Ideavibes London Crowdsourcing - Crowdfunding - Citizen Engagement Workshop


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Presentation given at Innovation Warehouse on June 20/11 focused on crowdsourcing and crowdfunding for start-ups, non-profits, charities, cities, etc.

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  • Fabulous presentation Paul. This is extremely helpful as we start to market to the Crowd. Thank you for the stimulation. Myra
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  • First services:Crowdfunding via Community InvestmentsMatch-making and negotiation tools for private investmentsProfessional service investments
  • First services:Crowdfunding via Community InvestmentsMatch-making and negotiation tools for private investmentsProfessional service investmentsNext steps:Local investment networks and entrepreneur communitiesCorporate VC platformVC Co-investmentsOpen platform to build investment models
  • Next steps:Local investment networks and entrepreneur communitiesCorporate VC platformVC Co-investmentsOpen platform to build investment models
  • Ideavibes London Crowdsourcing - Crowdfunding - Citizen Engagement Workshop

    1. 1. Innovation and change through the crowd<br />Paul Dombowsky<br />
    2. 2. Agenda / Highlights<br />11:00 - 11:30 Arrivals - Buffet Lunch - Networking<br />11:30 - 11:40 Introductions / Thank You<br />11:40 - 11:45 A word from our venue host - Tony Fish (AMF Ventures)<br />11:45 - 12:50 Workshop - Paul Dombowsky from Ideavibes <br /> Highlights from the Crowdconvention<br />12:50 - 13:05 Tony Dhillon from GrowVC - overview of one, practical<br /> example of crowdfunding<br />13:05 - 13:25     Question & Answer Period<br />13:25 - 13:35    Wrap-up<br />3<br />
    3. 3. Thank you<br />Adam Cranfield - Consultant<br />Matt Ball – COO and Co-Founder<br />3<br />
    4. 4. Our Venue Host<br />Tony Fish<br />3<br />
    5. 5. Where does innovation happen?<br /><ul><li>Cities
    6. 6. Neighbourhoods
    7. 7. Government Depts.
    8. 8. Small businesses
    9. 9. Educational System
    10. 10. Social System
    11. 11. F1000 Companies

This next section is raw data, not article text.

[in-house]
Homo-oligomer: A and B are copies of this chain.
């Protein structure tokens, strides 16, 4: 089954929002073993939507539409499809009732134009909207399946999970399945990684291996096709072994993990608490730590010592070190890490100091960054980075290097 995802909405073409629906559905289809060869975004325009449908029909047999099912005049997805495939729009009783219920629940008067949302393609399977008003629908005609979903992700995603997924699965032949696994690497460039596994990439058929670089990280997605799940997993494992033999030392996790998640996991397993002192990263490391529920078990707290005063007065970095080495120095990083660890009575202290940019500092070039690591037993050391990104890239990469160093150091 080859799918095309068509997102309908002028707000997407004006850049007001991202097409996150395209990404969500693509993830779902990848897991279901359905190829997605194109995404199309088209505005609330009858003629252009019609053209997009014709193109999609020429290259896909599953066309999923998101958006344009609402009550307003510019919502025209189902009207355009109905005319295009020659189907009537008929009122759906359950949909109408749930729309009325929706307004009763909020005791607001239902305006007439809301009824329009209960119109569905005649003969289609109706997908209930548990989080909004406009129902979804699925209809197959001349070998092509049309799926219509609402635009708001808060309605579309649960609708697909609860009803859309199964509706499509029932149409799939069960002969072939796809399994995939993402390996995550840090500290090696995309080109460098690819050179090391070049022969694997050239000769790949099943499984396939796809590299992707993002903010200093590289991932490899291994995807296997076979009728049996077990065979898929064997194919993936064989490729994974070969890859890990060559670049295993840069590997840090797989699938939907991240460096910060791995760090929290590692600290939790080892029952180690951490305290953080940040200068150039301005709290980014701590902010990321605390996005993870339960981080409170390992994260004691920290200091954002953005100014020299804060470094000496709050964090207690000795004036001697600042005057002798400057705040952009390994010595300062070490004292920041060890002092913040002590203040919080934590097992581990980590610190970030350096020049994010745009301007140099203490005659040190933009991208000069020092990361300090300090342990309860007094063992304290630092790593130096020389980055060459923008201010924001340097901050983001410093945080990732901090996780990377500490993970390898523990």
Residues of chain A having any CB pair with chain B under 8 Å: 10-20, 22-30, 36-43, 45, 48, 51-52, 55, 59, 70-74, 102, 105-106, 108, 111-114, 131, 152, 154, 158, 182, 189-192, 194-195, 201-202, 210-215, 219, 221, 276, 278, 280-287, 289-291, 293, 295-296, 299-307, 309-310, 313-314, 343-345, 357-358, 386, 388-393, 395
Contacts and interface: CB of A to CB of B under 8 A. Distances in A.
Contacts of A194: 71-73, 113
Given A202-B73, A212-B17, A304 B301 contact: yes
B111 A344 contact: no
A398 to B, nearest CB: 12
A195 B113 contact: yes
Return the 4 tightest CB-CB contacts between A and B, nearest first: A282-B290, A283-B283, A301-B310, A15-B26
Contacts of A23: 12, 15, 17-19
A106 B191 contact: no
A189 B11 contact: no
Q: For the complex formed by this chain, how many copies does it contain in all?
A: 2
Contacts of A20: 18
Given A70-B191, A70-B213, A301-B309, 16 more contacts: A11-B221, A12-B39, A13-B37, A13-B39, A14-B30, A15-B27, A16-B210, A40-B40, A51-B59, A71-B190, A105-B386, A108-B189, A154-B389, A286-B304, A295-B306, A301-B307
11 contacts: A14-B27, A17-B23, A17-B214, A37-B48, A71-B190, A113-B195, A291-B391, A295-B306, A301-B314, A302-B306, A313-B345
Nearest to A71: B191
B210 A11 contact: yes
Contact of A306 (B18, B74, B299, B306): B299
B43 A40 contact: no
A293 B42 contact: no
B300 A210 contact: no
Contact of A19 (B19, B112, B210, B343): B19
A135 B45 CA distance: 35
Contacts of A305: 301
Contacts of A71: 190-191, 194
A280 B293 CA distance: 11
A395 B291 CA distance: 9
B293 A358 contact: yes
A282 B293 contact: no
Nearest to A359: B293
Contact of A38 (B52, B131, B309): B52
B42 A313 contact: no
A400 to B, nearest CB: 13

12. 12. Non-profits</li></ul>2<br />
    13. 13. Our Bias<br />We see the crowd as having the knowledge, the power, the desire, and the ability to help you make better decisions, solve problems, and fund change or innovation, if given the opportunity.<br />2<br />
    14. 14. Overview<br />2<br />
    15. 15. Crowdsourcing<br />Defined<br />An engagement process whereby organizations seek input from either open or closed communities of people, either homogenous or not, to contribute ideas, solutions, or support in an open process whereby the elements of creativity, competition and campaigning are reinforced through social media to come up with more powerful ideas or solutions than could be obtained through other means.<br />Why Bother?<br />Organizations have a difficult time engaging with their communities to strengthen their relationship and be citizen/crowd focused. Internal or external, the community has ideas that can be harnessed that come from diverse backgrounds, experiences and education. <br />7<br />
    16. 16. Participation Happens – Civic or Brands<br />5<br />
    17. 17. Who is your crowd?<br />The crowd you know The crowd you don’t know<br />Social Media Makes the Connection<br />8<br />
    18. 18. Who is your crowd?<br />CITY<br />Engagement<br />Targets<br />6<br />
    19. 19. Where Innovation / Crowdsourcing Fits<br />8<br />
    20. 20. Two Sides of Crowdsourcing<br />Citizen Engagement<br />Community / Civic / National<br />Market Engagement<br />Customers / Prospects / Partners<br />3<br />
    21. 21. Where the conversations are happening?<br />Official & Unofficial<br /><ul><li>Google Groups
    22. 22. Wiki’s
    23. 23. User Groups